Three decades ago an aspiring Puerto Rican singer legally changed his name from Enrique Martin Morales to Ricky Martin. Now, if you were to casually weave in the name "Ricky" into dinner-party conversation, someone would surely respond, "You mean Ricky Martin?" Latino sensation Ricky is so recognizable he could probably drop the "Martin" as well. Since he first began his music career, computers became handheld tools, a president was almost impeached, gay marriage was legalized and Ricky Martin has remained relevant, sustaining one of the most varied, consistently impressive careers in show business. Now, Ricky has joined other one-named idols (Cher, Britney, Mariah) as a Vegas resident, firmly cementing his place in pop superstardom.
His new residency at the Park Theater at Monte Carlo Resort & Casino draws from Martin's impressive catalog of hits. Since leaving Menudo, the Puerto Rican boy band where he got his start, and launching his solo career, he's released 10 studio albums, in both Spanish and English, which have sold 70 million times over. At his show, you'll get a little bit of everything from his career, from crossover hits like "Livin' la Vida Loca" and "She Bangs" to Spanish language favorites like "Por Arriba, Por Abajo" and the recent "Vente Pa' Ca." It's far from the first time Martin has performed in the city. Back in 1984, Martin made his first visit to Las Vegas with Menudo, an experience he recalls as being "powerful" before going on to praise the "spectacle" of the shows in the city -- a standard the singer says he's felt a great responsibility to live up to when it comes to his own set. Well aware that Vegas audiences come expecting the best entertainment in the world, Martin says he rehearsed for two months, putting in 14-hour days, to feel as though he'd earned his place.
Click through to see more photos of Ricky from our 'Las Vegas' issue!
While his residency dictates most of his time, Martin says he's enjoyed having the chance to "discover the city." As to what that entails exactly, Martin is unsurprisingly tight-lipped, but he does allude to the fact after-dark antics can lead to unexpected consequences. "They say everything that happens in Vegas stays in Vegas, but that is a big lie," he imparts with a smile and a wink. "That is not true! Don't believe that, you have to be careful! Because..."
Martin is engaged to Syrian-Swedish painter Jwan Yosef and is the father of nine-year-old twin sons, Matteo and Valentino, who travel with Martin everywhere, including Vegas ("We went to see Michael Jackson ONE by Cirque du Soleil," he says excitedly, adding, "We love Michael Jackson"). Martin seems to live such an idyllic family life, it's easy to forget it was only seven years ago when the star felt he could publicly come out. "I am proud to say that I am a fortunate homosexual man. I am very blessed to be who I am," he wrote on his website back in 2010, to an overwhelmingly positive response.
A lot has changed in those seven years, and there's something beautifully full-circle about the fact that more than three decades after that first performance with Menudo, a confident, self-assured Martin is back in Vegas, a city that has built its reputation on allowing its inhabitants to embrace their true selves. This openness also extends to another professional project: Martin's role as Gianni Versace's lover, Antonio D'Amico, in Ryan Murphy's forthcoming The Assassination of Gianni Versace: American Crime Story. Martin stars alongside Edgar Ramirez and Penelope Cruz, who play Gianni and Donatella Versace, respectively, in the re-telling of the late designer's tragic murder.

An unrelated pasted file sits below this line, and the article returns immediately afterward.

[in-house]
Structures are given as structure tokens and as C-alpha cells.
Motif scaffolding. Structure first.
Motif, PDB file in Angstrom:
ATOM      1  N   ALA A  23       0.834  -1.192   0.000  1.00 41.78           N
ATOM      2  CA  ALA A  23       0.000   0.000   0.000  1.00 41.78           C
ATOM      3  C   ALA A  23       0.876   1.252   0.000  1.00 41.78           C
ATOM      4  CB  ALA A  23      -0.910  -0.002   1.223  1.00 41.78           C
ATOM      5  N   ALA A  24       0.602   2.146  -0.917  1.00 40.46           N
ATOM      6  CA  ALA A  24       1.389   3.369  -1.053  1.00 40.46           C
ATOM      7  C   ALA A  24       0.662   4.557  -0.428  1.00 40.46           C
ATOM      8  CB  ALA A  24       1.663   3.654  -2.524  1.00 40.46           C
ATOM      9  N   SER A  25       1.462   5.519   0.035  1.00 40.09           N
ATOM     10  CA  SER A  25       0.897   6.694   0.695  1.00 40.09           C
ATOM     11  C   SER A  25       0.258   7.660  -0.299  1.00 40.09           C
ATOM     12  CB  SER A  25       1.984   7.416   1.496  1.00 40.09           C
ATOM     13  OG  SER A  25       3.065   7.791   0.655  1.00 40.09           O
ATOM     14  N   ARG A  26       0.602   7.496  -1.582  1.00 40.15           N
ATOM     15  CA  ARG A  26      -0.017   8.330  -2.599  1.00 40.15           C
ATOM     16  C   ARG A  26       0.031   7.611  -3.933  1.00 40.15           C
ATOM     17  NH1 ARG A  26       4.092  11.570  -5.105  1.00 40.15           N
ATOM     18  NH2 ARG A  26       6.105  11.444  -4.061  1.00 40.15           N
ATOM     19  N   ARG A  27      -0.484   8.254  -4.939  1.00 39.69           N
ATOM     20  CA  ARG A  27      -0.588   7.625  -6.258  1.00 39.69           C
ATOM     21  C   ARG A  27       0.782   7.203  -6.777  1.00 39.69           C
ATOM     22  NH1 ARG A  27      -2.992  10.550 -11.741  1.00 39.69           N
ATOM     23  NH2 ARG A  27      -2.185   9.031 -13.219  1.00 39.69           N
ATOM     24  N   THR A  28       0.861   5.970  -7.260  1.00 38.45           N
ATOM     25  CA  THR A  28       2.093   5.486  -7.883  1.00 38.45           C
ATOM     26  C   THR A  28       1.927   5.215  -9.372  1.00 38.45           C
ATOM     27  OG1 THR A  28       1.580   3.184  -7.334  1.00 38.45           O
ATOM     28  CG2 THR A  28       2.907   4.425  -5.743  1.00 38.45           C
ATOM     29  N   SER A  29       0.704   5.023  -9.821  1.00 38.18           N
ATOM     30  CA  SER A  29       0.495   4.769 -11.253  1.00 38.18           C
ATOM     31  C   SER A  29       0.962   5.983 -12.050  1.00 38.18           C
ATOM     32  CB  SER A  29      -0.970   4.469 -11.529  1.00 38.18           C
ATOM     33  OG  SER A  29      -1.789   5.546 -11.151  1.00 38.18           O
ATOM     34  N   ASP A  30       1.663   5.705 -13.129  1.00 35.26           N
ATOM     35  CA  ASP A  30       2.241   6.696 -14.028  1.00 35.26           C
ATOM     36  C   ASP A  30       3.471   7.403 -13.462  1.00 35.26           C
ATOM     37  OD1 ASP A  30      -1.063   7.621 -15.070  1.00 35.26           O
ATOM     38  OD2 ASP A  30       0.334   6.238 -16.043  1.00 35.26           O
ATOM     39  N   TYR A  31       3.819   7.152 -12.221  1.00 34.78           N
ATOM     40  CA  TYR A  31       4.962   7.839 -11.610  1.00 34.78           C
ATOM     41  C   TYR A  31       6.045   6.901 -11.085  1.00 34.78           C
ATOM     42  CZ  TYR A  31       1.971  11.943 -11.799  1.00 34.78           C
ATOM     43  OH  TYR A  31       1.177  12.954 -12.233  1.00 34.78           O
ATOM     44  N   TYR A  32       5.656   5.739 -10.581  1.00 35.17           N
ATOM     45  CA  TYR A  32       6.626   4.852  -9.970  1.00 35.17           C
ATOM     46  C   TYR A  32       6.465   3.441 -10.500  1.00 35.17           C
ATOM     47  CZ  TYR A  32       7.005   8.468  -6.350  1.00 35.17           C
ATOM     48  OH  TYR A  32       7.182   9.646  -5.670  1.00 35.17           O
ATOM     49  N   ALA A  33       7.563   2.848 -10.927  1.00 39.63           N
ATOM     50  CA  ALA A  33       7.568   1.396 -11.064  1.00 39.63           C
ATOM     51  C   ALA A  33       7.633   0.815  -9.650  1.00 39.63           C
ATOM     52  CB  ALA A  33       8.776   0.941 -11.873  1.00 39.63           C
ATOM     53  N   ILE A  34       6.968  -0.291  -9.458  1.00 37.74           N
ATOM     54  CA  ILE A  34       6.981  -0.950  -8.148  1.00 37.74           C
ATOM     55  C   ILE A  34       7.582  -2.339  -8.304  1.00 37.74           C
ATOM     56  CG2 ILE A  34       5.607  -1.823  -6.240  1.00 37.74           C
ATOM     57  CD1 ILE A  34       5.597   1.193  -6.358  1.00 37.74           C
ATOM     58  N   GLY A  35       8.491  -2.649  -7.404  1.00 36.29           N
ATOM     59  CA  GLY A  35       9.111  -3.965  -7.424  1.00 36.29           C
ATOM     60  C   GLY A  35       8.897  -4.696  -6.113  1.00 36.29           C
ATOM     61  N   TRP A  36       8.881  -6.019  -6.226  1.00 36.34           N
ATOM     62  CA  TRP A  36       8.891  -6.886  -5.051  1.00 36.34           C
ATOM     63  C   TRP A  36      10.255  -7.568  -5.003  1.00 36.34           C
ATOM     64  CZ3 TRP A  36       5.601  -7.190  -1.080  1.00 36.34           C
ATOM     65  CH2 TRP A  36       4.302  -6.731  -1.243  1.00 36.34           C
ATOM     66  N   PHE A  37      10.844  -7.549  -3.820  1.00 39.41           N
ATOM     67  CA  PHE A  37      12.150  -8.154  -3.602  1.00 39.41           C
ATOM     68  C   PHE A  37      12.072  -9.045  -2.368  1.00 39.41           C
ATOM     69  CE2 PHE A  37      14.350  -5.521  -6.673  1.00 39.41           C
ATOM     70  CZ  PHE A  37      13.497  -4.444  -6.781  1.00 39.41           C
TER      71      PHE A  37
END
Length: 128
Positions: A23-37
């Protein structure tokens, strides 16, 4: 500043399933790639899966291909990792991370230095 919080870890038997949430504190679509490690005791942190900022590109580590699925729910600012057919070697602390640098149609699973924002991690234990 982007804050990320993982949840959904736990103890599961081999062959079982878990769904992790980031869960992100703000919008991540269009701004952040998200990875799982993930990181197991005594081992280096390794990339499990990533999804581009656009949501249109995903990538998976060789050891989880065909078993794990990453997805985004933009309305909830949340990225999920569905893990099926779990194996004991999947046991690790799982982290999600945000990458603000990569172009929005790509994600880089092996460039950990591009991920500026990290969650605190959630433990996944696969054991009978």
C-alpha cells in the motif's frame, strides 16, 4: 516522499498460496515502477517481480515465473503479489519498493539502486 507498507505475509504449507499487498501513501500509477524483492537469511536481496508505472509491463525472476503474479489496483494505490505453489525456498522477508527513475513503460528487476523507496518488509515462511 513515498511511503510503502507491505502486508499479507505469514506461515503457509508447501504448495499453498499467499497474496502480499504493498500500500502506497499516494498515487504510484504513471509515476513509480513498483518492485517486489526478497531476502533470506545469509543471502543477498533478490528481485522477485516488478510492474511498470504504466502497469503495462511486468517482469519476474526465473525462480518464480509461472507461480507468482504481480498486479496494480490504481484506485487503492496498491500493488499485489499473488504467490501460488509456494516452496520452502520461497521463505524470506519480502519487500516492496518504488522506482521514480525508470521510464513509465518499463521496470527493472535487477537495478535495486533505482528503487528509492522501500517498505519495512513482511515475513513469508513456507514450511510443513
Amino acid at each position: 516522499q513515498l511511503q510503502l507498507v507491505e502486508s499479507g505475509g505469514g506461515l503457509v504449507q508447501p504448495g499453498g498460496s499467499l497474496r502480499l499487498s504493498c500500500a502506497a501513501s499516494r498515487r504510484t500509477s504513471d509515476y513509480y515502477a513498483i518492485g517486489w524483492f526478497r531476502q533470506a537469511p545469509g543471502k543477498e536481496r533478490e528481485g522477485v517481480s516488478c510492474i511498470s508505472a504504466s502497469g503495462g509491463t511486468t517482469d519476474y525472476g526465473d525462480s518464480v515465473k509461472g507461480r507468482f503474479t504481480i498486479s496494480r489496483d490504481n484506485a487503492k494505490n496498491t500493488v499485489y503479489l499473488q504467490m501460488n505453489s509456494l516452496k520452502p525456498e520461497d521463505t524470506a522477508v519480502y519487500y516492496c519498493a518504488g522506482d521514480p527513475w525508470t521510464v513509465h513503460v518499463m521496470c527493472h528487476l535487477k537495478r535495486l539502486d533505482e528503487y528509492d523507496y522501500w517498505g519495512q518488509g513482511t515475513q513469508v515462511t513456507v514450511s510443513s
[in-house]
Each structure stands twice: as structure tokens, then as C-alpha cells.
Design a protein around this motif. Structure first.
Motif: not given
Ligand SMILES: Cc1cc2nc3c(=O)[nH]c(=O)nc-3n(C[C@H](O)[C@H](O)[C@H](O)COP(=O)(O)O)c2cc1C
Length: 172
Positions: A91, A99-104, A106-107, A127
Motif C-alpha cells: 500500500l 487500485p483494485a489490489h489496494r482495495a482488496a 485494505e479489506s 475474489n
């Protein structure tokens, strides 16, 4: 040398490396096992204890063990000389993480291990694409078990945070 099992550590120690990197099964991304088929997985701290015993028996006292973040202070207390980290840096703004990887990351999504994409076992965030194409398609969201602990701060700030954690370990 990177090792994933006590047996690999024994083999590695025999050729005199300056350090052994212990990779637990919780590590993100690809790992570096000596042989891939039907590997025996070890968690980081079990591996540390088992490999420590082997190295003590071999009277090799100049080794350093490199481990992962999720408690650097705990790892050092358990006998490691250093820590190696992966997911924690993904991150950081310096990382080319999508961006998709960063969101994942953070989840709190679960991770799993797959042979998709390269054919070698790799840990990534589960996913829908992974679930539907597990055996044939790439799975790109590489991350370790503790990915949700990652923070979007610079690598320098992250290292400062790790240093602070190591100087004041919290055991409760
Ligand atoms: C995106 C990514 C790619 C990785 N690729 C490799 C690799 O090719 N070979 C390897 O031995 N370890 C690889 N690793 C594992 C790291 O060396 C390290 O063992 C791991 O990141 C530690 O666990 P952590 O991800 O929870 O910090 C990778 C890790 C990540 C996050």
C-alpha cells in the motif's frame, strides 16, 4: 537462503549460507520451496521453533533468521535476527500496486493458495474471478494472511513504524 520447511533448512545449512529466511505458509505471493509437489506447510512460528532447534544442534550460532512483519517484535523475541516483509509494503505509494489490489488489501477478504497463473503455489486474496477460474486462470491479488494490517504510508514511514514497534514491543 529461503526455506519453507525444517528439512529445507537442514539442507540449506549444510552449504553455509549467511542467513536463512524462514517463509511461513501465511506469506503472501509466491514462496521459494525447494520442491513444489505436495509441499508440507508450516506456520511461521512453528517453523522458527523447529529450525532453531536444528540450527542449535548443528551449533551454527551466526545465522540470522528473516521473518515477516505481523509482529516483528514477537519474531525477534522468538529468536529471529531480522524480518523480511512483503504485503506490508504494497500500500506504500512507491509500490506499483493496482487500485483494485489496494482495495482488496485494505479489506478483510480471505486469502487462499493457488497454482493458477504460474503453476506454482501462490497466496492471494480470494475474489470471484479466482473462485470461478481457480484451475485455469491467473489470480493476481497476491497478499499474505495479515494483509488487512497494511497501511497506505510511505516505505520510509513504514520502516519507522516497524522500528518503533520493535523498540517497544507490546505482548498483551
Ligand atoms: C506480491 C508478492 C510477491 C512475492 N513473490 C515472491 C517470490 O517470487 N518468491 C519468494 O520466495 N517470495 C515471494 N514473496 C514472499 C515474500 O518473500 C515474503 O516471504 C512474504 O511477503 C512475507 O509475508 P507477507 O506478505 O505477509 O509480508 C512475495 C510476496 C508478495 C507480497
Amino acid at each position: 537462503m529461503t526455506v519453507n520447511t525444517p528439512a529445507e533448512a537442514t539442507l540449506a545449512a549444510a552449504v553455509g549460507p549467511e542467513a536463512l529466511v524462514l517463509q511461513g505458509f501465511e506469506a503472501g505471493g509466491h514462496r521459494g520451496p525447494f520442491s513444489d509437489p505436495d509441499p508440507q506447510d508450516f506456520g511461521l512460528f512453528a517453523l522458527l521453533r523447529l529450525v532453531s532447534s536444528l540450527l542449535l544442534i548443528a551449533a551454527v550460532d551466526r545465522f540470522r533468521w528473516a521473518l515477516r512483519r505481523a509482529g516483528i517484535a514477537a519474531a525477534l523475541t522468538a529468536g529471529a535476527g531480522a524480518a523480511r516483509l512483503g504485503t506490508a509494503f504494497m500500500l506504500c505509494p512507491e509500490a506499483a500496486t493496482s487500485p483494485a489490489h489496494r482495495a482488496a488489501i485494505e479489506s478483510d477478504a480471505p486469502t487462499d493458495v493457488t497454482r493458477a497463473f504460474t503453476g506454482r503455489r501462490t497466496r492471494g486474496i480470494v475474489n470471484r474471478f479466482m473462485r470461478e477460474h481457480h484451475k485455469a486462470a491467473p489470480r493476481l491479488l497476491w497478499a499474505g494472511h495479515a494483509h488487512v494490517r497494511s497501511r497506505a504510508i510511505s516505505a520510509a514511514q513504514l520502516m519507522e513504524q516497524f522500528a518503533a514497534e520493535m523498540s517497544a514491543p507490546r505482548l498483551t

It's the first time Martin has portrayed a gay character on TV. He says he felt a real "responsibility" to sign onto the project and that the subject matter was "very challenging," adding that he was forced to completely "break down [his] walls and push [his] boundaries" to play D'Amico. However, the dramatic license of the show has come under fire recently from D'Amico himself. The former model slammed the show for its apparent disregard for realism after seeing stills of Martin holding actor Edgar Ramirez (as Versace) after the shooting -- something he says never happened. This propelled Martin to reach out to D'Amico to assure him he would do his and Versace's story justice. "I'll make sure people fall in love with your relationship with Gianni," he says he told D'Amico over the phone, recounting the anecdote during a recent Television Critics Association panel.
Considering Martin became so famous for his reckless abandon on both the stage and small screen, Martin is remarkably soft-spoken away from the spotlight, and addresses the show with deep gravitas. "It's a story that is unfortunately full of injustice, and we're here to shed some light on how unfortunate it was to lose such an amazing man," he says of Versace's story. "I was working with amazing producers and directors, an impeccable cast." He continues, "To be able to work and act, to challenge myself every day, in front of amazing directors who are constantly asking a lot of you...I haven't been so inspired in so long."
Martin clearly does not shy away from a challenge. 2017 has seen him balancing shoots for ACS with his Vegas residency at the Park Theater, where he trades off nights with other stars like Bruno Mars and Cher. "Every time I'm there, I just feel the energy in those walls," he says of the venue. And, for his part, Martin doesn't seem to have lost any of the hip-grinding energy that made him famous, even after 10 albums, an autobiography, major acting projects, tour after tour, and now, a residency in Las Vegas. His stamina has kept his career in constant motion and his name a constant presence in entertainment. After all, there can be only one Ricky.
Text by Beatrice Hazlehurst
Photography by Richard Phibbs
Styling by Douglas VanLaningham at Photogenics ARMY